A very comprehensive TY plan was also made available. Planning for the students was in keeping with the spirit of TY and commendably aimed to introduce students to a wide variety of music genres. Excellent practice was also evident in the TY plan as strategies for students with special needs were included.
Planning for the integration of practical activities into lessons was a hallmark of this department and, as a strategy, is commended. Content planning for individual lessons, however, was diverse. Where the content was varied, students were kept more engaged and motivated throughout the lesson. Handouts and worksheets designed to complement students’ learning were integrated into lessons. This is an indication of the teachers’ commitment to extend learning resources beyond the confines of the textbook and the music department is commended in this regard.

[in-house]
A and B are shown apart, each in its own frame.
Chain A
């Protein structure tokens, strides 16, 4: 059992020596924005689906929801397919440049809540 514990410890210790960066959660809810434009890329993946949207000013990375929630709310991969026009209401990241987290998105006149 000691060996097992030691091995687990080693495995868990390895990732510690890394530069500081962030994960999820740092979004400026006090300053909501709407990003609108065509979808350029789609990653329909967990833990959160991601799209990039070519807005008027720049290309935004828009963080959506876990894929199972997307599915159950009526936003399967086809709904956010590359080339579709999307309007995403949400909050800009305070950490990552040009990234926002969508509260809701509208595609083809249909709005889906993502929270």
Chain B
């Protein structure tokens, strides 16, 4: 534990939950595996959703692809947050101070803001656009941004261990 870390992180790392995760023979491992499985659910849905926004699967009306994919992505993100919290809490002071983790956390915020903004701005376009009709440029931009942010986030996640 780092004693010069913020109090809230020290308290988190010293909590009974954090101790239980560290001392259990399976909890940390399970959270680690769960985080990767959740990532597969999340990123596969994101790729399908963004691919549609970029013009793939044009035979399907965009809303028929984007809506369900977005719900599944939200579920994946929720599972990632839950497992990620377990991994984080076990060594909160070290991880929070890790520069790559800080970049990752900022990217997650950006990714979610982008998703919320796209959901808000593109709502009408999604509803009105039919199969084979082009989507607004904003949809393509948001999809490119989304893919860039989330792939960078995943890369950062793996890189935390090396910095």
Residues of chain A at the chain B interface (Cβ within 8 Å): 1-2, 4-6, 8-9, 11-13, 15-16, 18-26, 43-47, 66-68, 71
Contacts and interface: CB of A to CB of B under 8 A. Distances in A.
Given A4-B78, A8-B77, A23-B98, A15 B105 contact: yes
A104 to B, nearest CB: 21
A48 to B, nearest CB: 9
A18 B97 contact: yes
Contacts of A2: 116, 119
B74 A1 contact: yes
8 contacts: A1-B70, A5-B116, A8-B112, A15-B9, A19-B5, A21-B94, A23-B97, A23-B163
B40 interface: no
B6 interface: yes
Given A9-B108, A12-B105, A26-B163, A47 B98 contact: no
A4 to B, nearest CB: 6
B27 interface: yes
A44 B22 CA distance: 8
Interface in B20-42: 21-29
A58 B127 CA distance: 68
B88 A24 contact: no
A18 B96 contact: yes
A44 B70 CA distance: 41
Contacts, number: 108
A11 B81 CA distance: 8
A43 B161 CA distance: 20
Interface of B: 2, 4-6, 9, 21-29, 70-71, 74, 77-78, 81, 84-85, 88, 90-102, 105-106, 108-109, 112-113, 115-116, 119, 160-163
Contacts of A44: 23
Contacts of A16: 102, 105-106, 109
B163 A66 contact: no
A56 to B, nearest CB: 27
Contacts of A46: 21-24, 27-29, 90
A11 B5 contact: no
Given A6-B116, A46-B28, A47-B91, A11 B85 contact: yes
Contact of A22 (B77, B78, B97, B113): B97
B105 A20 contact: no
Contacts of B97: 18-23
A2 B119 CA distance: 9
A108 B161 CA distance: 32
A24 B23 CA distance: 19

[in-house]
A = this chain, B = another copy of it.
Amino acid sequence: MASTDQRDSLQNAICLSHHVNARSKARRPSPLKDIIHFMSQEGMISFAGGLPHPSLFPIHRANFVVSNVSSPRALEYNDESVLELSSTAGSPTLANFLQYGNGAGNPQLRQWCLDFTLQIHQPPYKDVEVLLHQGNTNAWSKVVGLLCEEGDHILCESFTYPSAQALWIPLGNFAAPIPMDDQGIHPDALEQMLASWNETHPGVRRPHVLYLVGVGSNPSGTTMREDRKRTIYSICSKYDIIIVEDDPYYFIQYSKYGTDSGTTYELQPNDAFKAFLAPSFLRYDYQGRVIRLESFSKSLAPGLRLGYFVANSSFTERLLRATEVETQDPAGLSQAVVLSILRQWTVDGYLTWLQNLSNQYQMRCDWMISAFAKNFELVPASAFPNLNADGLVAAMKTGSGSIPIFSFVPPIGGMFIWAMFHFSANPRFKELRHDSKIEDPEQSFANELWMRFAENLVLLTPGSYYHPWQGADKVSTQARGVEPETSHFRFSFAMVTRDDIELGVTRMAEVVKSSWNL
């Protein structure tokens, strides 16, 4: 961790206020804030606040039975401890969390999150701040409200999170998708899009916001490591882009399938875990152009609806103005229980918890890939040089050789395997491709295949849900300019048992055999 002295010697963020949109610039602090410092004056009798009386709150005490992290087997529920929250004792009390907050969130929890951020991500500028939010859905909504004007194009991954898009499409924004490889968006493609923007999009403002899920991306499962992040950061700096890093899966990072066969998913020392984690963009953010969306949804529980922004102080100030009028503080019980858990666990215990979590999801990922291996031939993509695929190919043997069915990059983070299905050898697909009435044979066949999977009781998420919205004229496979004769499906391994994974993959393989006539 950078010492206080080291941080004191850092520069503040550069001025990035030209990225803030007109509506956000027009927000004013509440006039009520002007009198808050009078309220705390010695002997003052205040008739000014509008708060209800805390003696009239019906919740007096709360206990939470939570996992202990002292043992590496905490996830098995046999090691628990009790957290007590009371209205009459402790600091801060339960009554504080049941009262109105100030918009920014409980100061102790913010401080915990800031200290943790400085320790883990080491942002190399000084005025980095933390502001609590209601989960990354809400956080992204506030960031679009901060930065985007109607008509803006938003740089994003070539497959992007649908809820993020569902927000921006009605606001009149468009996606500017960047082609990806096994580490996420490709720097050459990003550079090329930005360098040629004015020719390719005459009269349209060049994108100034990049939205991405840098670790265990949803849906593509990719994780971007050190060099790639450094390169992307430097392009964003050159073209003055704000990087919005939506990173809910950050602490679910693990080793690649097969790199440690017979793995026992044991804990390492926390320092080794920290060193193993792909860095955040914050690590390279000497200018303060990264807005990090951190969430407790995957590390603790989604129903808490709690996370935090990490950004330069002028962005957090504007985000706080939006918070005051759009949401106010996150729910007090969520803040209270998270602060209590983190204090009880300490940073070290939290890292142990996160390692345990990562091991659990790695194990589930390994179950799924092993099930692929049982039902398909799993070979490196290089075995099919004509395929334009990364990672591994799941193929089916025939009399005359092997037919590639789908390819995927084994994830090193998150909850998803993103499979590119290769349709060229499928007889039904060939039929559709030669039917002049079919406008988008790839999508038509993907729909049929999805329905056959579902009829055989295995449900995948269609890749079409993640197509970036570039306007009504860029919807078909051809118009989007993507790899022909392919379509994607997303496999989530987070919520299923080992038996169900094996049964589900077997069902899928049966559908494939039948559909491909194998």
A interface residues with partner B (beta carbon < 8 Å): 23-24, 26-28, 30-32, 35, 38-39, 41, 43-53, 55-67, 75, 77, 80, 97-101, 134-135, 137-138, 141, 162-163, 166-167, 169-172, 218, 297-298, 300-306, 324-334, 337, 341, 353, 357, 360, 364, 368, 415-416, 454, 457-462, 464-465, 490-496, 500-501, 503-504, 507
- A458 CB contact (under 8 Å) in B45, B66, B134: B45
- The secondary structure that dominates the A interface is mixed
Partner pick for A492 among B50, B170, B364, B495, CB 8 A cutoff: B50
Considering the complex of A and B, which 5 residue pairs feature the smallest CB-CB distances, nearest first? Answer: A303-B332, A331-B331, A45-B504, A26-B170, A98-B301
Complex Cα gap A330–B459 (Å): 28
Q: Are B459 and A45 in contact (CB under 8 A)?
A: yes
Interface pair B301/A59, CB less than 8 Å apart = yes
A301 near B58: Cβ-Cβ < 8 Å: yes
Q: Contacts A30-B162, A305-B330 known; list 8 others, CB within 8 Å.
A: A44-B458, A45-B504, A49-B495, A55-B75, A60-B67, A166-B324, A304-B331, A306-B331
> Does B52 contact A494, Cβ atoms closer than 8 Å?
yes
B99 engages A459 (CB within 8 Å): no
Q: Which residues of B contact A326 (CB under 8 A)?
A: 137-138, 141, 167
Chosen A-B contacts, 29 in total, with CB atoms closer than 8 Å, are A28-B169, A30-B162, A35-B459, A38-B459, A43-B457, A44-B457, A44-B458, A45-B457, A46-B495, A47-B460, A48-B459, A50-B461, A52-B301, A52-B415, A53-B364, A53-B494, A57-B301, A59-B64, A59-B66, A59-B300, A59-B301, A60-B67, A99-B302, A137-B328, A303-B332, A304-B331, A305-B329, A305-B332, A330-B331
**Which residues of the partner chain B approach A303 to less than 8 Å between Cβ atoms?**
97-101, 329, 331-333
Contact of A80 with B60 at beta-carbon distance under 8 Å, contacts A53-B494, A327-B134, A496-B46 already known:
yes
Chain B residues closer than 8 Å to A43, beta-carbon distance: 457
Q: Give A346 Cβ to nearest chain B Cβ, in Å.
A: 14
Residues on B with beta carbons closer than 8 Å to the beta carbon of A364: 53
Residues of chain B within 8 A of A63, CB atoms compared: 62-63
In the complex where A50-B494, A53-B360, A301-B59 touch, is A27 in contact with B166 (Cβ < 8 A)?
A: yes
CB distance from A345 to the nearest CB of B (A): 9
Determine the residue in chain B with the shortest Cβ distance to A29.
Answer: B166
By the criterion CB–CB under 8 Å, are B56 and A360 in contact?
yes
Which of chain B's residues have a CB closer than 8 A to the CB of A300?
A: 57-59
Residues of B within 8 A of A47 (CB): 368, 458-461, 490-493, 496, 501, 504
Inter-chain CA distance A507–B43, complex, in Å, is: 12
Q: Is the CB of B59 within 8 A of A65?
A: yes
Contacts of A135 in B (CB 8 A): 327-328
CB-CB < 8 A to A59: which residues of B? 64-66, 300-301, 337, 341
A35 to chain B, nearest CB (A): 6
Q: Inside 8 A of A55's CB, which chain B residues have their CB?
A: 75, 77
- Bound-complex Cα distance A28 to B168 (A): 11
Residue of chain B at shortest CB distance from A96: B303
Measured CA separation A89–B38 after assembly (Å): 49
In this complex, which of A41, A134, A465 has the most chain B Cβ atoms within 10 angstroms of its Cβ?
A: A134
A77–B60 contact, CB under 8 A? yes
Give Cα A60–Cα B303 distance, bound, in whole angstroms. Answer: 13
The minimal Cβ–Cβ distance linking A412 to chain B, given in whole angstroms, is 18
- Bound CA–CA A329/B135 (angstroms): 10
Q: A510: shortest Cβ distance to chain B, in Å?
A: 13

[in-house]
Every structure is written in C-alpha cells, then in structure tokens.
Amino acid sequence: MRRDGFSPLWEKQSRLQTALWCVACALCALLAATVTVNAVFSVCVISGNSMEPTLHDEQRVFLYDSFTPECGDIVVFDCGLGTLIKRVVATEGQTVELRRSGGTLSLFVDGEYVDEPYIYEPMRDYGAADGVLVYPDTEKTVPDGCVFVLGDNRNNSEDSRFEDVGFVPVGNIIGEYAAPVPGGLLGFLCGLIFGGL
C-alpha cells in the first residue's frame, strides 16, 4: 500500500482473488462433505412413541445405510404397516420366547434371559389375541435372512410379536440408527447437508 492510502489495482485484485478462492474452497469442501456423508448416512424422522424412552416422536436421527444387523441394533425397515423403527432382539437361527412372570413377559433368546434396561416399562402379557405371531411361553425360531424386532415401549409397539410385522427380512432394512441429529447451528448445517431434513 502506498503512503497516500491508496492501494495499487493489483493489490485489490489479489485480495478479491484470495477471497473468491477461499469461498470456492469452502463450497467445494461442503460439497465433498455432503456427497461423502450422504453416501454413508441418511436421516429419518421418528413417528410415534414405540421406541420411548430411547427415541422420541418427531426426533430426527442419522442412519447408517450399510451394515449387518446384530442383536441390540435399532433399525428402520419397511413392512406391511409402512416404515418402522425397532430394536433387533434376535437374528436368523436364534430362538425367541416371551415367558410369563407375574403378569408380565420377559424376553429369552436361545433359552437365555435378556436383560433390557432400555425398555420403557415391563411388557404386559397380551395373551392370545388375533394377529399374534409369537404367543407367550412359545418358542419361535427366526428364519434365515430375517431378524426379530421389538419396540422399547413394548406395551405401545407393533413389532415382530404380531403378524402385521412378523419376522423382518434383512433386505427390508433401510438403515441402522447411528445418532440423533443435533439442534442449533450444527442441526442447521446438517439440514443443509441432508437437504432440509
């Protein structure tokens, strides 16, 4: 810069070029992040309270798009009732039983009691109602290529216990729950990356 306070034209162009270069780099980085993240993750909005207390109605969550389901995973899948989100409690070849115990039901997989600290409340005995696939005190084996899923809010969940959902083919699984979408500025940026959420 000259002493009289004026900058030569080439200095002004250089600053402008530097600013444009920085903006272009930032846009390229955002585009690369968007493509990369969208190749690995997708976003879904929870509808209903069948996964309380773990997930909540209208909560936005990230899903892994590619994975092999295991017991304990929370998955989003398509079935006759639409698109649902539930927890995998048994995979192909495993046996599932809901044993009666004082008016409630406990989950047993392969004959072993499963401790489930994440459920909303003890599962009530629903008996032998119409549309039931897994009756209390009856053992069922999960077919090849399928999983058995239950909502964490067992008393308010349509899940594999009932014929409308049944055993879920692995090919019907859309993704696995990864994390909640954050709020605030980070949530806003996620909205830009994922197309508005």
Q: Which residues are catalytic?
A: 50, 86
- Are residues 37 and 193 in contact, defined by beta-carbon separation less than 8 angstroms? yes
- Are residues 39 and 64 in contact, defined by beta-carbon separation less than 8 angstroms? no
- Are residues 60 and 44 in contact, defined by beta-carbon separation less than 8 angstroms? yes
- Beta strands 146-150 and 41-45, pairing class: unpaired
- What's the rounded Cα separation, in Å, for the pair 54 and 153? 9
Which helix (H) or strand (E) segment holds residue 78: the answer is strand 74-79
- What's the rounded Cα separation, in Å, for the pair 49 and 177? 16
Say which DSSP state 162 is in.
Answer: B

Four lessons were inspected during the course of the evaluation: two in junior cycle and two in senior cycle. Lessons were clear and followed a logical direction. New concepts were well explained. Students were challenged by the content and high teacher expectations regarding behaviour was evident in all lessons. Students were equally motivated to incorporate technical terms when questioned, a strategy which further enhances a challenging student learning environment. Lessons were driven and led by teachers in all cases. There is scope to further develop strategies which encourage students to assume more control over their own learning. For example, where students clearly have good practical abilities on their chosen instrument, these students should be encouraged to perform a composition for their peers, where performance by the teacher currently would be the norm. Allowing students to study and analyse a short melody to enhance their own compositions prior to the process would further develop their higher cognitive thinking skills. This would also encourage them to develop their own opinions regarding features of good melodic composition independently from the teacher.